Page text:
There are 17 cloistered women's convents still functioning (in some cases, flourishing) in Seville today. Some are very small, some are in steep decline, and some are so obscure that their doors are almost always closed to casual visitors. But if a peek into this medieval lifestyle intrigues you, the most interesting (and most accessible) cloistered convent is Santa Paula, which offers infrequent but viable tours wherein a cloistered nun conducts the tours in Spanish.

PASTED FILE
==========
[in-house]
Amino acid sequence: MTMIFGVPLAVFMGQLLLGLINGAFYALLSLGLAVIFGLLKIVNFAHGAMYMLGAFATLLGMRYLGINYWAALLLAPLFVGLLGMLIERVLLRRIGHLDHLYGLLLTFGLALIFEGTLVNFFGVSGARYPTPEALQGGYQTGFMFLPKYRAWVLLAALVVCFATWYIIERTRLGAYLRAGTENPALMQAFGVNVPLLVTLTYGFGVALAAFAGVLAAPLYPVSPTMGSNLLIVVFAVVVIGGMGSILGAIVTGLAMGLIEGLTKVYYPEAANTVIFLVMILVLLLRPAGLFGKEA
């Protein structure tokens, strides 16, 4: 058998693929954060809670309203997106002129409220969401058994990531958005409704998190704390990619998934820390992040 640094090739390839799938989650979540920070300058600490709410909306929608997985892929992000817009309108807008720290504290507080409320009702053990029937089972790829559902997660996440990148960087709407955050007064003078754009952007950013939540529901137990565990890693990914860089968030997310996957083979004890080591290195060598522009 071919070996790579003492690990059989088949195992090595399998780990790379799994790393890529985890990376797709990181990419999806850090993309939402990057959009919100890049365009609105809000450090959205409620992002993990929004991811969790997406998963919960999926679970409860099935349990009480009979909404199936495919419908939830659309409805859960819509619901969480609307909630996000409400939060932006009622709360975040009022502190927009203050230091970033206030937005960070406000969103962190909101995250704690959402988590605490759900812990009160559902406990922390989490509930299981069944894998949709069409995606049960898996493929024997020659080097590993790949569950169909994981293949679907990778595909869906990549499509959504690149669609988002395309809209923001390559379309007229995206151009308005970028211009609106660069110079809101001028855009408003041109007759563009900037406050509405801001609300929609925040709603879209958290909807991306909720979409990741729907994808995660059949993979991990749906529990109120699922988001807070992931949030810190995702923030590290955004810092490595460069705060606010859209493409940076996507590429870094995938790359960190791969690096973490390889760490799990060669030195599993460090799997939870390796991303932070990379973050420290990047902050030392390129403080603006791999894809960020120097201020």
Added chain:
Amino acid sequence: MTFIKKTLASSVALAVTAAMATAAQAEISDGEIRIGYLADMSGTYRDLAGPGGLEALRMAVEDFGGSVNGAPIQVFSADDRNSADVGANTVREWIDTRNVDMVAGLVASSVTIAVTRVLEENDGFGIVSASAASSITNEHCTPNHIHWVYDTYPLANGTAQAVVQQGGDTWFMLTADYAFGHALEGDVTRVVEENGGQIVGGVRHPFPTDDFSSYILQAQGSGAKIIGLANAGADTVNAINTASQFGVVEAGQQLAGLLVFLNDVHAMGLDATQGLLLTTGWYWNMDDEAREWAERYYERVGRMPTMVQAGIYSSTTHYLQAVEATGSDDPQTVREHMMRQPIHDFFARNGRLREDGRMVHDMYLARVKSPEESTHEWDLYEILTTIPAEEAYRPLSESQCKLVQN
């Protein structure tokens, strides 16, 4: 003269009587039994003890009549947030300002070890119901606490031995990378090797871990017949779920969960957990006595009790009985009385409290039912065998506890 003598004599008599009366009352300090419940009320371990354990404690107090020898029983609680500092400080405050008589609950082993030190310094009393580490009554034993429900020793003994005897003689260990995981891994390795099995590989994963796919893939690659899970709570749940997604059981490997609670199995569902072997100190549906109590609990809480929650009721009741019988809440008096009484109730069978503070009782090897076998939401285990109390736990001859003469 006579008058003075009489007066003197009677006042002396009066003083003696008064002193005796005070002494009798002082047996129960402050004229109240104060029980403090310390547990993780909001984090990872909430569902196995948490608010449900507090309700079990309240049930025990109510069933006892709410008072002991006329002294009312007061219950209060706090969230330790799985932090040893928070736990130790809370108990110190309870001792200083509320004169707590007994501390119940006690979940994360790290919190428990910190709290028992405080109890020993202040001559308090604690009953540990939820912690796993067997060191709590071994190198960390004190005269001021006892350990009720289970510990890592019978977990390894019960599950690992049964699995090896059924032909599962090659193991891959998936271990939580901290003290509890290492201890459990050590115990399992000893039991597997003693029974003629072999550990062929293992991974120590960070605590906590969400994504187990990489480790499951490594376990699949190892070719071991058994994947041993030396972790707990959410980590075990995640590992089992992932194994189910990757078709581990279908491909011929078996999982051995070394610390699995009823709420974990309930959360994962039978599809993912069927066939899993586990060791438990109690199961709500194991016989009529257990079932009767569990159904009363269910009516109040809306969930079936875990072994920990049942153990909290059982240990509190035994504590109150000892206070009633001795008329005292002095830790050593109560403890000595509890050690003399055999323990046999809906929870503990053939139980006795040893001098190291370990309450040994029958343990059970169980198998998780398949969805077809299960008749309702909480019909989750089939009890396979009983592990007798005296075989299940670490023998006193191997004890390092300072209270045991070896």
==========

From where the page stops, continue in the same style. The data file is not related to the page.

The convent of Jerónimas nuns (followers of St. Jerome) dates from 1475, the facade -- a stellar example of the so-called Catholic Monarch's style -- from 1503. Gothic, Mudéjar, and Renaissance decorations combine here. The single nave of the church is covered by a ceiling designed by Diego López de Arenas in 1623. The main altarpiece is in the baroque style, the creation in 1730 of José Fernando de Medinilla. On-site is a small museum with various ecclesiastical art and sculpture mostly from the 16th to the 18th centuries. You can also admire the main cloister of the convent, which dates from the early 16th century.